Why Trump Should Admit Syrian Refugees If He Believes They’re “Children Of God”
On Thursday night, President Donald Trump launched the first direct attack by America on Bashar Assad's regime in Syria. The U.S. military attacked a Syria-government airfield with a reported 59 Tomahawk missiles on Thursday evening, and the world reacted on Friday to the aggressive act. As part of his statement about the strike, Trump said it was in response to dictator Bashar al-Assad's chemical weapons attack on civilians in the country, and stated, "No child of God should ever suffer such horror." But at the same time, Trump is still acting to ban war refugees from coming to America from that country, which would include innocent children. Trump should admit Syrian refugees if he believes they're "children of God," shouldn't he?
And if Trump believes the young, innocent people of Syria are children of God who shouldn't have to live through such horrors, is he troubled by the fact that, according to The Telegraph, the U.S. missile attacks reportedly killed nine civilians — including four children?
Trump's statement about the strike specifically mentioned children in the first paragraph, as reported by the Chicago Sun-Times:
My fellow Americans: On Tuesday, Syrian dictator Bashar al-Assad launched a horrible chemical weapons attack on innocent civilians. Using a deadly nerve agent, Assad choked out the lives of helpless men, women, and children. It was a slow and brutal death for so many. Even beautiful babies were cruelly murdered in this very barbaric attack. No child of God should ever suffer such horror.
Regardless of what any experts or pundits say now, that specific attack is over and done, and Trump is standing by the action. But if he's going to defend the attack, Trump needs to be prepared to answer for other actions he's taken in regards to Syria and the Syrian people as well.
As part of an executive order made on Jan. 27, 2017, Trump suspended entry or admission of Syrian refugees to the United States. In March, a new executive order meant that refugees from Syria were no longer banned indefinitely, but it also cut the number of refugees the U.S. would accept in 2017 by more than half — from 110,000 to 50,000 instead, according to NPR.
If Trump believes those affected by the war in Syria are children of God, it's puzzling that he would order an attack on their country with one hand but block them from safe entry for refuge here in the United States with the other. Won't an escalation of violence only lead to more murders of children? Aren't innocent civilian deaths part of his justification for the attack? So why further doom the Syrian people to possibly being trapped there, instead of offering help in the form of refuge from the war, and with a promise of safe entry to the country he is currently leading?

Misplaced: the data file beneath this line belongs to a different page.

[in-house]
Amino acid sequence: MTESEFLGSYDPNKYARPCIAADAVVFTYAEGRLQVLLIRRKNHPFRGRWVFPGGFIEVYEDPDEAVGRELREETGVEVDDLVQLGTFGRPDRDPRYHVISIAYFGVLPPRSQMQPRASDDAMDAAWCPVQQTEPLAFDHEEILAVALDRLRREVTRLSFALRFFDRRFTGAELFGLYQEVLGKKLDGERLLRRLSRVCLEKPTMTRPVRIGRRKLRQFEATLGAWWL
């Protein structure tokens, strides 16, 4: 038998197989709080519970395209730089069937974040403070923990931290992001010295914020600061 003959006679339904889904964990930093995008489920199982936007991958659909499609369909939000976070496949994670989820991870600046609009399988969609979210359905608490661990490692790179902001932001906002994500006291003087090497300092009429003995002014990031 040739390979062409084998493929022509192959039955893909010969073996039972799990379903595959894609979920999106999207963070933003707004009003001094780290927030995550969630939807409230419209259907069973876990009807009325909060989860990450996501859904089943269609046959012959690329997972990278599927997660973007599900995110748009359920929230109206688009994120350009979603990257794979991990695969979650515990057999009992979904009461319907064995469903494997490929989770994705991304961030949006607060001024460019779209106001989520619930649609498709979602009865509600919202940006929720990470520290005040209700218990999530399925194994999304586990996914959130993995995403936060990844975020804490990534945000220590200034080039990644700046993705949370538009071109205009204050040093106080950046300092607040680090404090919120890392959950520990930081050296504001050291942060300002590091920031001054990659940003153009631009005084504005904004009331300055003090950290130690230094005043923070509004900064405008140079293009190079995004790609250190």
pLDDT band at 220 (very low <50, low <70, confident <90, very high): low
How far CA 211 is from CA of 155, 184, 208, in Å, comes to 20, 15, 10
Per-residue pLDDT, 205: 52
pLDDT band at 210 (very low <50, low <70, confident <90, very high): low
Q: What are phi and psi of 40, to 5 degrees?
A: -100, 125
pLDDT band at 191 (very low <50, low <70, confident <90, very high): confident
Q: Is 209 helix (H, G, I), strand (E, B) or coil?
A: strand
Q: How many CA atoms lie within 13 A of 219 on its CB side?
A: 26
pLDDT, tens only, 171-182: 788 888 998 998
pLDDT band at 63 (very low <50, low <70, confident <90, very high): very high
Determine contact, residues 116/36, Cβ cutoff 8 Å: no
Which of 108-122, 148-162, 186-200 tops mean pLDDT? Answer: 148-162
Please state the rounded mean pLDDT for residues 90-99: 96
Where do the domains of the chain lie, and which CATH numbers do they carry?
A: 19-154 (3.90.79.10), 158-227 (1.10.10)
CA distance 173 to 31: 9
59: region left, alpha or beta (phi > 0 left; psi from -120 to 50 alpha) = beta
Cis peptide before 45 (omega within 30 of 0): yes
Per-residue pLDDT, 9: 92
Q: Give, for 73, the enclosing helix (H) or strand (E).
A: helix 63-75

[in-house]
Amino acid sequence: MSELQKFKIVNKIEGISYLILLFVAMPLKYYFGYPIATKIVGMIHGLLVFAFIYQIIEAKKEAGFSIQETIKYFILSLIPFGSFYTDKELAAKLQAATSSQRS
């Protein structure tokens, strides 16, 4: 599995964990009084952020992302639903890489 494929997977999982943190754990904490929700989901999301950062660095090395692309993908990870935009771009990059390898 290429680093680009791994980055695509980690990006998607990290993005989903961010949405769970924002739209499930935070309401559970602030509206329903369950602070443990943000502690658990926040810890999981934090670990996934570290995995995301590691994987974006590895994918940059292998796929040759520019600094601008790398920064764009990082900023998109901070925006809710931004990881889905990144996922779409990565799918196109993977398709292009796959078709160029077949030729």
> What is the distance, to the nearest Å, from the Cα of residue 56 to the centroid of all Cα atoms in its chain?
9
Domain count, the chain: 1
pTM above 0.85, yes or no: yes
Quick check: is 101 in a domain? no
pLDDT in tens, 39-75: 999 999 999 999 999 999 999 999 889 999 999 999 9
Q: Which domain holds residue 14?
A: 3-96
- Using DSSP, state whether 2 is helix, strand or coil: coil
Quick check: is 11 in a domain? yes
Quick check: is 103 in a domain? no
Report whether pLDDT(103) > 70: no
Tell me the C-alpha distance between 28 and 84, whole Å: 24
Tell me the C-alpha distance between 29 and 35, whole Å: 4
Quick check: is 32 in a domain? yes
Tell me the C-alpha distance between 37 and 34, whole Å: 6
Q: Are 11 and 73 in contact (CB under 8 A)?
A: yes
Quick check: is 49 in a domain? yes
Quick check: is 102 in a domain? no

As Fusion pointed out, "More pointedly, a U.S. military intervention...would almost certainly cause an increase in the number of refugees attempting to flee the region." If Trump and the United States military are directly responsible for an increase in refugees, aren't they/we also responsible for trying to help them? If he is going to use their deaths as justification for action, why not try to preserve their lives in the first place instead?
In September 2015, Inquisitr.com reported that, "29 nations in the Middle East, Europe, and elsewhere sheltering the refugees from Syria, Afghanistan and elsewhere in the Mideast." At that time, Turkey had taken the most of Syria’s refugees, with over 1.8 million Syrians living in that country. Lebanon, Syria’s neighbor, had taken in over 1.2 million refugees. Jordan reportedly had over 628,427 Syrians, coming in third.
Iraq, Egypt, Germany, Greece, and Sweden also held significant numbers of refugees as of the publishing of that piece. By comparison, the site reported, "currently, the U.S. has at least 1,500 Syrian refugees, with President Barack Obama open to offering more asylum." That number is abysmal when compared to the millions other countries have taken in. And if Trump is serious about feeling moved to act by the recent chemical weapons attack, he needs to commit to doing better when it comes to resettling refugees.
Political news show host John Iadarola summed it up well when he tweeted, "It sickens me to see Donald Trump claim concern for Syrian children's lives as his motivation, after years of demonizing child refugees."
On the campaign trail and during his brief time in office, Trump has pulled no punches when it comes to speaking against refugees from the region. As Salon.com pointed out, Trump and his administration have cut back on efforts to resettle Syrian refugees fleeing their country and the crisis, "based on his unfounded xenophobic fearmongering about how ISIS terrorists were embedded with the refugees to sneak their way into the U.S." According to CNN, not one person accepted to the U.S. as a refugee, whether Syrian or otherwise, "has been implicated in a major fatal terrorist attack since the Refugee Act of 1980." So, such horrible claims are totally baseless, to say the least.
If Trump has now somehow done an about-face on his attitude towards refugees, and believes the innocent victims of the war to be children of God, he should act swiftly to admit more Syrian refugees before there's a chance for attacks to intensify and take the lives of more innocent people.